Can you choose which prison to go to

Can You Choose Which Prison to go to?

Life is all about choices. Making good ones can lead you on a happy, successful path in life. But making bad ones can result in consequences that you might never be able to overcome. Having the freedom to make your own choices – no matter how big or small – is one of the best parts of being a living, breathing human. And some would argue, the best part of being an American.

I didn’t realize how important it was to have the freedom to make choices until I was put in prison for four years for marijuana possession and cultivation. It never occurred to me that I would find myself in a situation where I didn’t have the power and freedom to make my own choices for myself. 

For years, I couldn’t choose where I lived, what I did for employment, what I could wear, what I could eat, when I could sleep, when I could communicate with my friends and family, or even when I went to the bathroom. It’s hard to explain what it’s like to have your freedom taken away. I felt like my life was put on pause for years while the world passed me by.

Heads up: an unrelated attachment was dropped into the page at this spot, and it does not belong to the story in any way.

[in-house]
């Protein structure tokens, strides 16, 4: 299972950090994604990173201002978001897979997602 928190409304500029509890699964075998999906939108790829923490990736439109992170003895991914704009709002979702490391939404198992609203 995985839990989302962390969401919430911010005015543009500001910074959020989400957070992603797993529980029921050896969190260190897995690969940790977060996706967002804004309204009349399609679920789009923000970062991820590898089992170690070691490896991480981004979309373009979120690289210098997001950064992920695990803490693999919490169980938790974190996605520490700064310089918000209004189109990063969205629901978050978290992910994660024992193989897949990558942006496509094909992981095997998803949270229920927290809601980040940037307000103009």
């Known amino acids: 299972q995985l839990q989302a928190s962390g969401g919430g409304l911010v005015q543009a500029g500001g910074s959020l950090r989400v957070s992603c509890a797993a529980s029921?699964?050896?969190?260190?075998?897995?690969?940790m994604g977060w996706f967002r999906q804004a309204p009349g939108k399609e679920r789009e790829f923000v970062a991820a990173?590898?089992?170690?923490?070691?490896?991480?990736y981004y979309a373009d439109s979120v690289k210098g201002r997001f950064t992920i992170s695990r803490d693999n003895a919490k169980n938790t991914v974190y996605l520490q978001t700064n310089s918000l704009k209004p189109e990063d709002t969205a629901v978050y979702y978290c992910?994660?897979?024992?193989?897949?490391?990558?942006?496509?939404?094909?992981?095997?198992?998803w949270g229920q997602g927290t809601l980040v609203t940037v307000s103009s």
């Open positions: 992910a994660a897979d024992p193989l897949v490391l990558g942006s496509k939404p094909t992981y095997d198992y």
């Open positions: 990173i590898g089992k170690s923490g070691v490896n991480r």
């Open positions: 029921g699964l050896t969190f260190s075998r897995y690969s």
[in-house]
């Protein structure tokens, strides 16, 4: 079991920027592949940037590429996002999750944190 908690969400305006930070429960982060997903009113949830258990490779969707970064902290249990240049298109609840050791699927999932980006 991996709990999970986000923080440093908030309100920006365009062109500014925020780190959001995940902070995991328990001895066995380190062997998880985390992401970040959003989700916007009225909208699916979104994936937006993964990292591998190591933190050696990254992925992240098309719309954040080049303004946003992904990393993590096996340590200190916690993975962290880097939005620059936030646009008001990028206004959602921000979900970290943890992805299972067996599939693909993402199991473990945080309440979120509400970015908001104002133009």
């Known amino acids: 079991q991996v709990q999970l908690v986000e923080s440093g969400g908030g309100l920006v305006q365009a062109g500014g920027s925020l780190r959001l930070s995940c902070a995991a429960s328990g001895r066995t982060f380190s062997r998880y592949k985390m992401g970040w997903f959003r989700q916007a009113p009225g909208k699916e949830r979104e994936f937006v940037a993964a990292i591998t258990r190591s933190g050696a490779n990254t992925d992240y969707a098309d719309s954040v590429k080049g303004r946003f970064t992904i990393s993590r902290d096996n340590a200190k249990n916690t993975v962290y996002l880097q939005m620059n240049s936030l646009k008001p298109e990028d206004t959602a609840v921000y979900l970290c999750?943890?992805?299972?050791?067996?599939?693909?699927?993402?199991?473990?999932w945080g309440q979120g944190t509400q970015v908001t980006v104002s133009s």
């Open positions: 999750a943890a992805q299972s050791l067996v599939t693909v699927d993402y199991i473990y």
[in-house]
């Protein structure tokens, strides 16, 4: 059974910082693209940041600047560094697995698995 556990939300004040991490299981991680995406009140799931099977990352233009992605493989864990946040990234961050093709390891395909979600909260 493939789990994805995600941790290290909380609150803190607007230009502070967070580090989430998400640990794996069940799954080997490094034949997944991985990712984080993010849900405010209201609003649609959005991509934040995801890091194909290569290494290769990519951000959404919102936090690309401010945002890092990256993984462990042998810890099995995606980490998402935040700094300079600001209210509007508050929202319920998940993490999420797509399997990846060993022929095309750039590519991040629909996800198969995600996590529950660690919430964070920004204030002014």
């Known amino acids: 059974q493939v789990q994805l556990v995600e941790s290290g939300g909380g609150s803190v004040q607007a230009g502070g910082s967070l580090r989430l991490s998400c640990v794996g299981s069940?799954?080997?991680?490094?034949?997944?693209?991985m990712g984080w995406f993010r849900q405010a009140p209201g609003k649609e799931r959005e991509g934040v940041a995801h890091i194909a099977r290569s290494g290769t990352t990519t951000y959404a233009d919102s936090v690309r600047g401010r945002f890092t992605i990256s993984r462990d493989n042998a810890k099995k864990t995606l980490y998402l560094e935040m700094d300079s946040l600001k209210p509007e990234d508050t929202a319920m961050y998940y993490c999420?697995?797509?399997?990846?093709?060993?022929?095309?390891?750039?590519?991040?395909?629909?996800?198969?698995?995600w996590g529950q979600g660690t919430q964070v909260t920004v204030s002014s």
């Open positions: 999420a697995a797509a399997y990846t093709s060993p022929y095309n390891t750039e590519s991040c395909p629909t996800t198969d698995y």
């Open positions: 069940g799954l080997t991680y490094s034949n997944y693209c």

I say all of this because today’s blog post is about choices. Specifically, the question that needs to be answered is about an inmate choosing a prison to do their time. I sent this question to my friend, Mistie Vance, who has served over 10 years behind bars. Next year, she goes to the parole board and will hopefully get a release date. 

So, let’s get to today’s question: can you choose which prison to go to? Mistie’s post will cover the following topics: 

  • An inmate can’t choose which prison to go to
  • Some states try to keep prisoners close to family
  • Inmates often get transferred to different facilities
  • Each prison offers a different experience

An inmate can’t choose which prison to go to

Unfortunately, prison isn’t like fast food, you just can’t have it your way. Which prison you end up in depends on several factors. Those include your institutional level, what state you received your charges, whether your charges are state or federal, and whether you have protective reasons to be transferred. Personal preference doesn’t play a role when being assigned to any particular institution.